SortingCards

In this project, you will write a program to simulate a deck of cards. We will add functionality to guess what the card on the top of the deck is, and sort the deck.

In order to build good habits, we’ve broken the project into small classes to demonstrate objects that have a single responsibility.

Iteration 1: Cards and Guesses

We start off with a Card object. A Card is initialized with a value and suit. The Card class should respond to the following interaction pattern:

card = Card.new("Ace", "Spades")
card.value
=> "Ace"
card.suit
=> "Spades"

Along with the Card, we also have a Guess. It should respond to the following interaction pattern:

card = Card.new("10", "Hearts")
guess = Guess.new("10 of Hearts", card)
guess.card
=> #<Card:0x007ffdf1820a90 @value="10", @suit="Hearts">
guess.response
=> "10 of Hearts"
guess.correct?
=> true
guess.feedback
=> "Correct!"

We also want to make sure that incorrect guesses are handled properly.

card = Card.new("Queen", "Clubs")
guess = Guess.new("2 of Diamonds", card)
guess.card
=> #<Card:0x007ffdf1820a90 @value = "Queen", @suit="Clubs">
guess.response
=> "2 of Diamonds"
guess.correct?
=> false
guess.feedback
=> "Incorrect."

Iteration 2: Storing Cards in a Deck and The Round

Let’s store the cards in a Deck.

card_1 = Card.new("3","Hearts")
card_2 = Card.new("4", "Clubs")
card_3 = Card.new("5", "Diamonds")
deck = Deck.new([card_1, card_2, card_3])
deck.cards
=> [card_1, card_2, card_3]
deck.count
=> 3

A Round will be the object that processes responses and records guesses. The idea is that when we start a Round, the current card is the first in the deck. As we make a guess on that card, the current card becomes the next card in the deck.

card_1 = Card.new("3","Hearts")
card_2 = Card.new("4", "Clubs")
deck = Deck.new([card_1, card_2])
round = Round.new(deck)
round.deck
=> #<Deck:0x007ffdf181b9c8 @cards=[...]>
round.guesses
=> []
round.current_card
=> #<Card:0x007ffdf1820a90 @value="3", @suit="Hearts">
round.record_guess({value: "3", suit: "Hearts"})
=> #<Guess:0x007ffdf19c8a00 @card=#<Card:0x007ffdf1820a90 @value="3", @suit="Hearts">, @response="3 of Hearts">
round.guesses.count
=> 1
round.guesses.first.feedback
=> "Correct!"
round.number_correct
=> 1
round.current_card
=> #<Card:0x007ffdf1820a90 @value="4", @suit="Clubs">
round.record_guess({value: "Jack", suit: "Diamonds"})
=> #<Guess:0x007ffdf19c8a00 @card=#<Card:0x007ffdf1820a90 @value="4", @suit="Clubs">, @response="Jack of Diamonds">
round.guesses.count
=> 2
round.guesses.last.feedback
=> "Incorrect."
round.number_correct
=> 1
round.percent_correct
=> 50

Iteration 3: Sorting the Deck

In this iteration, we will start to add some algorithmic complexity. We are going to add to the deck object the ability to sort the cards based on their value from lowest to highest. The order of values from lowest to highest is 2 through 10, Jack, Queen, King, Ace.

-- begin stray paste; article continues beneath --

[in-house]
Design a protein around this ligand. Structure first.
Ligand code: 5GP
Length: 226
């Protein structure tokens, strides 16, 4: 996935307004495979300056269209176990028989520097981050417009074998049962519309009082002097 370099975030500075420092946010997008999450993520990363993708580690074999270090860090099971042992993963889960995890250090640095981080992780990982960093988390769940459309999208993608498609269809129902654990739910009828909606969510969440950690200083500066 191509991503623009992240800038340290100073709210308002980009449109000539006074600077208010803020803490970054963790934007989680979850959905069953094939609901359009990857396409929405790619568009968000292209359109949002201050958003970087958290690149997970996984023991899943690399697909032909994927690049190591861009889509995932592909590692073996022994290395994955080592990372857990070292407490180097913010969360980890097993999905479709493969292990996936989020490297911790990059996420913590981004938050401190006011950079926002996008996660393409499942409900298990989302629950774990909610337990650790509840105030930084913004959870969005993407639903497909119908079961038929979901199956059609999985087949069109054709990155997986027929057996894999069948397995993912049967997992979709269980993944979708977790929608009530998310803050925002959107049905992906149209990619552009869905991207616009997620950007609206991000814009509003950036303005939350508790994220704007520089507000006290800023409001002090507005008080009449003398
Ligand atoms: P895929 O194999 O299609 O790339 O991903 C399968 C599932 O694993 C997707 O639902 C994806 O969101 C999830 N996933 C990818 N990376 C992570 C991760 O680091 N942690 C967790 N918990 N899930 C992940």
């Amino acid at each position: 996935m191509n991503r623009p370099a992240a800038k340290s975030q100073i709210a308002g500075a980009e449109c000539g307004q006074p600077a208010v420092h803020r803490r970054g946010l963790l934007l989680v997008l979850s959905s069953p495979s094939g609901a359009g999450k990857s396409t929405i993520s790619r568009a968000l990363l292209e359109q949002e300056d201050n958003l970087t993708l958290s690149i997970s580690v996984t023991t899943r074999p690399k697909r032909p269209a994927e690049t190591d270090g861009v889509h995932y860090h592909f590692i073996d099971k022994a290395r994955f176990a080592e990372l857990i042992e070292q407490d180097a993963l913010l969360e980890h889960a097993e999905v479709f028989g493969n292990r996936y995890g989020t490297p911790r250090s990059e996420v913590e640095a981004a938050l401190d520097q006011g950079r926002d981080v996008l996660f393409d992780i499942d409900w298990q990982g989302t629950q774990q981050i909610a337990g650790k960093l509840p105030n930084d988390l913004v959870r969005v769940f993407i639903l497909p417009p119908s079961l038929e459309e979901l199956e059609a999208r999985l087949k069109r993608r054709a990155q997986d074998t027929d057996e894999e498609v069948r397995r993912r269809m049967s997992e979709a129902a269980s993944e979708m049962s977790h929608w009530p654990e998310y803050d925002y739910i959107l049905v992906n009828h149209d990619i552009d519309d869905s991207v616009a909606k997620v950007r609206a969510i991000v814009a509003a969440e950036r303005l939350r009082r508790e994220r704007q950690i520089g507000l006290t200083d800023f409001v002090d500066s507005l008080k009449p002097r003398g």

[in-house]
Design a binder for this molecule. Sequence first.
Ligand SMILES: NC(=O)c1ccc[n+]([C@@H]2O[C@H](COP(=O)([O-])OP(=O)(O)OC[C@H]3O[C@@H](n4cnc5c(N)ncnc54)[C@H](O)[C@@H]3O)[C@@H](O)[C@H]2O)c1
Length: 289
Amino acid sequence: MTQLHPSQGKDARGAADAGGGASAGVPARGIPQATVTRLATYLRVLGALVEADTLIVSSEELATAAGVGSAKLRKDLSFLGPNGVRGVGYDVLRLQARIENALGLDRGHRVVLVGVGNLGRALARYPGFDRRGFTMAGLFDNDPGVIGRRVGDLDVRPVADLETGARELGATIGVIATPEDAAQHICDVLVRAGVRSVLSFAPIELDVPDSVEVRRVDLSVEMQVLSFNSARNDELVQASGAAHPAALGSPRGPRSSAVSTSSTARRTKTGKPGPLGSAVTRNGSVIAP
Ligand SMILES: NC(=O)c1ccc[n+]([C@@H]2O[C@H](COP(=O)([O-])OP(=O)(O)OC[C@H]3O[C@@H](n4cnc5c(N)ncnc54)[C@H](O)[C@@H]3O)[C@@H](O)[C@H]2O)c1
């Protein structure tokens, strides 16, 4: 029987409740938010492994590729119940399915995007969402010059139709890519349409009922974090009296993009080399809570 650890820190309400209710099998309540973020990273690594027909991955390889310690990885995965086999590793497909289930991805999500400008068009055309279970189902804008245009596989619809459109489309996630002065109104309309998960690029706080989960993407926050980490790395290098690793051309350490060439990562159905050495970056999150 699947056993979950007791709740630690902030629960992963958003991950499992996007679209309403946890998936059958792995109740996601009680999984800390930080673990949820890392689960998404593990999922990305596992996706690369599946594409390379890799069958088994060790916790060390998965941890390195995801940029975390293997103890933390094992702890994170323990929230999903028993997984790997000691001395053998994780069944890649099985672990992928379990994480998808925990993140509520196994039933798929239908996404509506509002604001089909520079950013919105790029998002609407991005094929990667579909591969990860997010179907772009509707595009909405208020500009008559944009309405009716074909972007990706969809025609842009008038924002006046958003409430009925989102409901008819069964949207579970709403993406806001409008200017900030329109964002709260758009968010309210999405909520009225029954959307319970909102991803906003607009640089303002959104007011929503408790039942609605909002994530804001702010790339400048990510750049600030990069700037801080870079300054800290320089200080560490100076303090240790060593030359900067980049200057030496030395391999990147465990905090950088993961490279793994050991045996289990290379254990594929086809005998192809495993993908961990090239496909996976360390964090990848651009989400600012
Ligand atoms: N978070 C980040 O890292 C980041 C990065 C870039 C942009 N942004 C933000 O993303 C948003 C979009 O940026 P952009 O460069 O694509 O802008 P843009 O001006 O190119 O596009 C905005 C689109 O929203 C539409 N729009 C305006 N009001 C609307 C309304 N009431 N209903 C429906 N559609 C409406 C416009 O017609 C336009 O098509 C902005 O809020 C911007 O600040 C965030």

If two cards have the same value, the suit should be used to determine the order they are sorted. The order of suit from lowest to highest is Clubs, Diamonds, Hearts, Spades.

You are NOT allowed to use any built in sorting methods.

The interaction pattern will look like this:

card_1 = Card.new("4","Hearts")
card_2 = Card.new("Jack", "Clubs")
card_3 = Card.new("5", "Diamonds")
card_4 = Card.new("Ace", "Spades")
card_5 = Card.new("Ace", "Diamonds")
deck = Deck.new([card_1, card_2, card_3, card_4, card_5])

deck.sort
=> [card_1, card_3, card_2, card_5, card_4]

Iteration 4: Merge Sort

We’re doing the same here, but with a different sorting algorithm, merge sort. As you implement this, think about why do we need different algorithms? How many swaps does your sort from iteration 3 make in the best case scenario? Worst case? How does this compare to Merge Sort?

The interaction pattern will look like this:

card_1 = Card.new("4","Hearts")
card_2 = Card.new("Jack", "Clubs")
card_3 = Card.new("5", "Diamonds")
card_4 = Card.new("Ace", "Spades")
card_5 = Card.new("Ace", "Diamonds")
deck = Deck.new([card_1, card_2, card_3, card_4, card_5])

deck.merge_sort
=> [card_1, card_3, card_2, card_5, card_4]

Merge Sort Resources

Evaluation Rubric

Functionality

  • Student completes through Iteration 3

Mechanics

The student:

  • appropriately uses Strings, Integers, Floats, Ranges, Symbols, Nils, Arrays, and Hashes
  • implements best-choice enumerable methods to iterate over collections
  • uses boolean expressions and flow control structures to logically manage a program’s flow
  • uses methods, arguments, and return values to break code into logical components
  • creates Classes that utilize instance variables, attribute accessors, and instance methods

Design

The student:

  • adheres to the Single Responsibility and DRY principles
  • creates Objects and Classes that appropriately encompass state and behavior
  • uses instance and local variables appropriately
  • writes readable code with the following characteristics:
    • Variable and method names are self explanatory
    • Methods are under 7 lines
    • Lines of code are under 80 characters
    • Project directory structure adheres to convention
    • A linter reports less than 5 errors

Testing

The student:

  • writes Minitest tests that describe the expected behavior of a program according to technical specifications
  • names and orders tests so that a test file reads like documentation
  • writes Minitest assertions that accurately test a piece of functionality
  • writes a test before writing code that implements the behavior to make that test pass
  • writes both integration and unit tests

Version Control

The student:

  • hosts their code on the master branch of their remote repository
  • makes commits in small chunks of functionality
  • submits and merges Pull Requests using the Github interface